Walking rarely gets the recognition it deserves, especially when it comes to the world of business and management.
Unlike its publicity-courting cousin, running, walking is rarely associated with leadership and success. There are relatively few examples of Fortune 500 CEOs ‘powering through’ a 20k stroll on their way to work, nor prime-time comedians ‘sauntering’ through the Sahara Desert for their latest charity/publicity drive. Walking is an also-ran in more ways than one.
And yet, a quick flick through the history books reveals enough famous walkers to more than rival their more fleet-footed counterparts.
From Beethoven to Steve Jobs and the Queen, walking has helped many a historic heavyweight to achieve success in their chosen field, even if they haven’t yet felt the need to brag about it to their favourite financial journal.
As scientists will attest, walking offers an array of benefits for regular practitioners. Aside from the obvious physical perks of regular exercise, there are the various mental benefits to consider.
Walkers tend to enjoy lower stress levels, as well as increased cognitive function. To add to this, a recent study by Stanford University found moving around led to an increase in creativity in 81% of participants who had previously been seated.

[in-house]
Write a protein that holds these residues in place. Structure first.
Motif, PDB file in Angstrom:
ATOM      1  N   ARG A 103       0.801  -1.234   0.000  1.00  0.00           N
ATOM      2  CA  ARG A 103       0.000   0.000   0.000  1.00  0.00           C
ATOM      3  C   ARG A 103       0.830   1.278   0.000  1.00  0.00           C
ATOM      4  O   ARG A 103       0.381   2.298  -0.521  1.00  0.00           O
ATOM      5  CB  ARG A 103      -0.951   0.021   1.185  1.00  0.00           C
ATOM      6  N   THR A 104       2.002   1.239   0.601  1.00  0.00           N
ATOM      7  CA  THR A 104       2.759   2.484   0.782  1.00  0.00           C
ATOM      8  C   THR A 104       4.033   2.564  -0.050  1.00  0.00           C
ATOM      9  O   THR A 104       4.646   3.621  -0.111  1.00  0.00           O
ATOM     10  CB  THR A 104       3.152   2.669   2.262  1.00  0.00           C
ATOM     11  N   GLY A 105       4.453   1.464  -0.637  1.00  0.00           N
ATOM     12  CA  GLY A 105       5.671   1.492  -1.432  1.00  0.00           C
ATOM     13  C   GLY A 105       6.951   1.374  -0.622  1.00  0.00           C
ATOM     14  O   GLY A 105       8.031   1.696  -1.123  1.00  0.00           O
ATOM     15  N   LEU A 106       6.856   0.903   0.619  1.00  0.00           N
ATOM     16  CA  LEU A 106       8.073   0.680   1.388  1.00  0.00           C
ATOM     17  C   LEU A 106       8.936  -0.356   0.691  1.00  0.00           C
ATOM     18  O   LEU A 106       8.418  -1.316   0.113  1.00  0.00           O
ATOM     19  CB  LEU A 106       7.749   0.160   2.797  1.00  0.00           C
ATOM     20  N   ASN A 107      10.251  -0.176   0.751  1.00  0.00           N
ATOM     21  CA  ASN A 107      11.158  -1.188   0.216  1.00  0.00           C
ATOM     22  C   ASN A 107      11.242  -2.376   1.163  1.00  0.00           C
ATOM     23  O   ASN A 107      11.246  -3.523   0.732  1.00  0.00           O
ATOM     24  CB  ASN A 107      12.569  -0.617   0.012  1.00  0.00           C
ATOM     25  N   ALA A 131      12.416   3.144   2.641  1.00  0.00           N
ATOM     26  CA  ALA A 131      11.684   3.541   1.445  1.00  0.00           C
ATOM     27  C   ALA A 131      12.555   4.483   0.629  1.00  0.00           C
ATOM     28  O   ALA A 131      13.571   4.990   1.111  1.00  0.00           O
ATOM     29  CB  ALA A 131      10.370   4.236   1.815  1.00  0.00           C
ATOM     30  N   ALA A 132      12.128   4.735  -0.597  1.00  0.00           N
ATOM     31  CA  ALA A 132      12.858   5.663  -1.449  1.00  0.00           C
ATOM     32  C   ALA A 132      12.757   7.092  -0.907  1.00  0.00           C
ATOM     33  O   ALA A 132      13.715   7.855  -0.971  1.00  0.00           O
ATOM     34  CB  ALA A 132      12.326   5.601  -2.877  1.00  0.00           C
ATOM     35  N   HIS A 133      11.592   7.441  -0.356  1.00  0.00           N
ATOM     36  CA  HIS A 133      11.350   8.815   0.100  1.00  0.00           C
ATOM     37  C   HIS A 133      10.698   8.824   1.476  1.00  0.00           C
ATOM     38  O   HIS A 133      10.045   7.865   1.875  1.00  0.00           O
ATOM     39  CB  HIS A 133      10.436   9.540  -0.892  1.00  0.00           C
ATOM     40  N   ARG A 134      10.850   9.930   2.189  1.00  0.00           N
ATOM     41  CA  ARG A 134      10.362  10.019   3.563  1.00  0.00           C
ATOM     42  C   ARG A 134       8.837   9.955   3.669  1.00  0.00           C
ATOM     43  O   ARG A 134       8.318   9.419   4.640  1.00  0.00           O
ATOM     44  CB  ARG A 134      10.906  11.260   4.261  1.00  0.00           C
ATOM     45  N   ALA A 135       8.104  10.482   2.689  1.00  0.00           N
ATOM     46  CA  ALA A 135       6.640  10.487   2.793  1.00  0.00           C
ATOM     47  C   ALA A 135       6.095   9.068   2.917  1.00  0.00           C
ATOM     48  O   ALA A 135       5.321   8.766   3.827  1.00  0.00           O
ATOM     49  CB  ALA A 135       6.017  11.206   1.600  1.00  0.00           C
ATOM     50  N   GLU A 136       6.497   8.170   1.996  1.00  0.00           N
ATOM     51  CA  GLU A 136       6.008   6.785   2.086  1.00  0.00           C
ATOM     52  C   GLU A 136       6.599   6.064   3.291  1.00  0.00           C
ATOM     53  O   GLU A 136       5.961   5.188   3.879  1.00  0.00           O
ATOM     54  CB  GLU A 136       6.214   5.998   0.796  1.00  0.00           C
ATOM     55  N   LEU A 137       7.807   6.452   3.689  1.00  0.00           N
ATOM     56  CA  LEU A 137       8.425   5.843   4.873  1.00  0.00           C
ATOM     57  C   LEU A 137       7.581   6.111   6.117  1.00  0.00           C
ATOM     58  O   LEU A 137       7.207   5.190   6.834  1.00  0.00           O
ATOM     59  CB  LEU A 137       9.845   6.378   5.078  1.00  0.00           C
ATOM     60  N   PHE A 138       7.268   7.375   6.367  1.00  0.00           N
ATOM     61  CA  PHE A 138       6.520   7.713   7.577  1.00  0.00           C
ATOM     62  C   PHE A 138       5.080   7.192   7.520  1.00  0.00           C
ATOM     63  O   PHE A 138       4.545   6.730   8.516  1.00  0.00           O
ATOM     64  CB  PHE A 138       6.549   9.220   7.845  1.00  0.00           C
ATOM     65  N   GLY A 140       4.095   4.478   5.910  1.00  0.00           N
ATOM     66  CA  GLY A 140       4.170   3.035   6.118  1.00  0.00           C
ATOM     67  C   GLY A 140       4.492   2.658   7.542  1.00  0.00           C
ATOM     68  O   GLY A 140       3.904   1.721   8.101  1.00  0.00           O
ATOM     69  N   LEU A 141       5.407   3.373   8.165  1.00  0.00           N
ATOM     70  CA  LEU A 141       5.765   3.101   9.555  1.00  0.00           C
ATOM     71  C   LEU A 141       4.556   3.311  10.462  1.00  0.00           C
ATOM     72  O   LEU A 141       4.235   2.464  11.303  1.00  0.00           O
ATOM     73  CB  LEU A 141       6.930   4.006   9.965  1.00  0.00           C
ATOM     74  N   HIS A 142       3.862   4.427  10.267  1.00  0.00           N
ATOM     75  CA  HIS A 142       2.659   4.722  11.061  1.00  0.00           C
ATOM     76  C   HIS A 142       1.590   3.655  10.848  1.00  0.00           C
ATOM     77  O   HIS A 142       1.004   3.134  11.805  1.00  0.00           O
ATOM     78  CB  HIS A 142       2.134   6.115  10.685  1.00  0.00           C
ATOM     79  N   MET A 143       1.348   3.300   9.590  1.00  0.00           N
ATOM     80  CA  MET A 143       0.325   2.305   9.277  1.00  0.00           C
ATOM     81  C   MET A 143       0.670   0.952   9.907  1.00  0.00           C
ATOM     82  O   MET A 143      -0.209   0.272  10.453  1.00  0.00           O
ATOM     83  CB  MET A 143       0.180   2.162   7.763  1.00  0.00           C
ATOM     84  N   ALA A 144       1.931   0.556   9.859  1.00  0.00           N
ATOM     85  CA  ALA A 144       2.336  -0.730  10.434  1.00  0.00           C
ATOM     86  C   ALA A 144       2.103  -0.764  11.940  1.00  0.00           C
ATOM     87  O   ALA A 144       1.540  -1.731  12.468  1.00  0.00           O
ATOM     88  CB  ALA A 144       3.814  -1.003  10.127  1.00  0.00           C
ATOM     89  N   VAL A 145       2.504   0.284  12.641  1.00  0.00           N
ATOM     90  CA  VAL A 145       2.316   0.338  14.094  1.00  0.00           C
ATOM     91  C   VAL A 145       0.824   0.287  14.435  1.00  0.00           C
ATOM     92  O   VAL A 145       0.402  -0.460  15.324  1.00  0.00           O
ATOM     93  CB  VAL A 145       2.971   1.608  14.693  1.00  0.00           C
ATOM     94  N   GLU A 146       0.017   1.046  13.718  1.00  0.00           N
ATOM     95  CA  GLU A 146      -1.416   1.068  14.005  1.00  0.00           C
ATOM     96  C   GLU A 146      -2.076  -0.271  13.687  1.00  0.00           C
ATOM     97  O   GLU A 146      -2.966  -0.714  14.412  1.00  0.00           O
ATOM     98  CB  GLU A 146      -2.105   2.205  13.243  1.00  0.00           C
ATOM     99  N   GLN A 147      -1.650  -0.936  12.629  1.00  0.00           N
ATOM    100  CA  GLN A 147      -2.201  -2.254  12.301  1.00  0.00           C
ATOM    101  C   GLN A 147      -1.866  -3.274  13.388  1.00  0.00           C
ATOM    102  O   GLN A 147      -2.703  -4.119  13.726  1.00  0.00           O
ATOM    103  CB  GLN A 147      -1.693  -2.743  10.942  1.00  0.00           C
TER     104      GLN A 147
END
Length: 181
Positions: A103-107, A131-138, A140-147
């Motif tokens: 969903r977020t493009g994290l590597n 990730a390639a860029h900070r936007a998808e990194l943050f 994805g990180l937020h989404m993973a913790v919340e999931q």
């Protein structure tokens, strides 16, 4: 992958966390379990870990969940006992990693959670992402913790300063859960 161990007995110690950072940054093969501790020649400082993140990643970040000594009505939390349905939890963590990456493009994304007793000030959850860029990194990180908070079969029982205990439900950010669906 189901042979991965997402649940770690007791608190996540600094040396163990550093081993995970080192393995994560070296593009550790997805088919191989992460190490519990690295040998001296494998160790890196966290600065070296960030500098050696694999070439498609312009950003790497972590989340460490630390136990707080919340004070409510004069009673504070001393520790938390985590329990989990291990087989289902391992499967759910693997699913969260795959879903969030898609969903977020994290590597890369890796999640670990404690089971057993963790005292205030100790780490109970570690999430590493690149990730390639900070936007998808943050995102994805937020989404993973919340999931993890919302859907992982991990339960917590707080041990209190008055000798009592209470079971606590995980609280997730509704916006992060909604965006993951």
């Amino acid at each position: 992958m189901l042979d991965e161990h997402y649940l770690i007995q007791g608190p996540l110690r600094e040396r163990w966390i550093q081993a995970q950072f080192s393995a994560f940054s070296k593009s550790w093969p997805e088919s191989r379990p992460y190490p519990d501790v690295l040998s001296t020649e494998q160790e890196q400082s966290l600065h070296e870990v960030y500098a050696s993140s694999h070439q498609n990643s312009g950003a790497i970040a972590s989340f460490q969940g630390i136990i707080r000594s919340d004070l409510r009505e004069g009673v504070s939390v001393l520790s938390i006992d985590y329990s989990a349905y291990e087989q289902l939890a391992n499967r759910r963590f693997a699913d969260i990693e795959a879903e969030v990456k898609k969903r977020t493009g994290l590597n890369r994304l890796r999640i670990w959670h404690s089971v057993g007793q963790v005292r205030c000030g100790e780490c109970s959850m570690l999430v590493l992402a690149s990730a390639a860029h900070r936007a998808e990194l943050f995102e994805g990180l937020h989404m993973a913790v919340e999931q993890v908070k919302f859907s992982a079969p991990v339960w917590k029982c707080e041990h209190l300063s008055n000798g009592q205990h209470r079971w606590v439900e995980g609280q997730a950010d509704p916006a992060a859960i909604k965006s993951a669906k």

The only area where walking really falls short (aside from the crummy PR team behind it) is the obvious time commitment involved. This may explain why it’s rarely the activity of choice among time-pressured modern professionals.
The flipside to this is that, contrary to more aerobically challenging activities, it can be crow-barred relatively easily into the working day. As well as being the perfect option for a reinvigorating, yet sweat-free lunch break, it is a great way to put a new angle on interviews, one-on-one meetings, and brainstorming sessions.
The most potent pro-ambulatory argument, however, is perhaps the fact that walking is what we humans are originally designed to do. Not pounding the pavement clad in lycra or expensive running shoes, or – worse still – wedged in behind a computer screen for 10 hours straight.
Walking may not win you any awards in the image stakes, but your body (and possibly career) will thank you for it.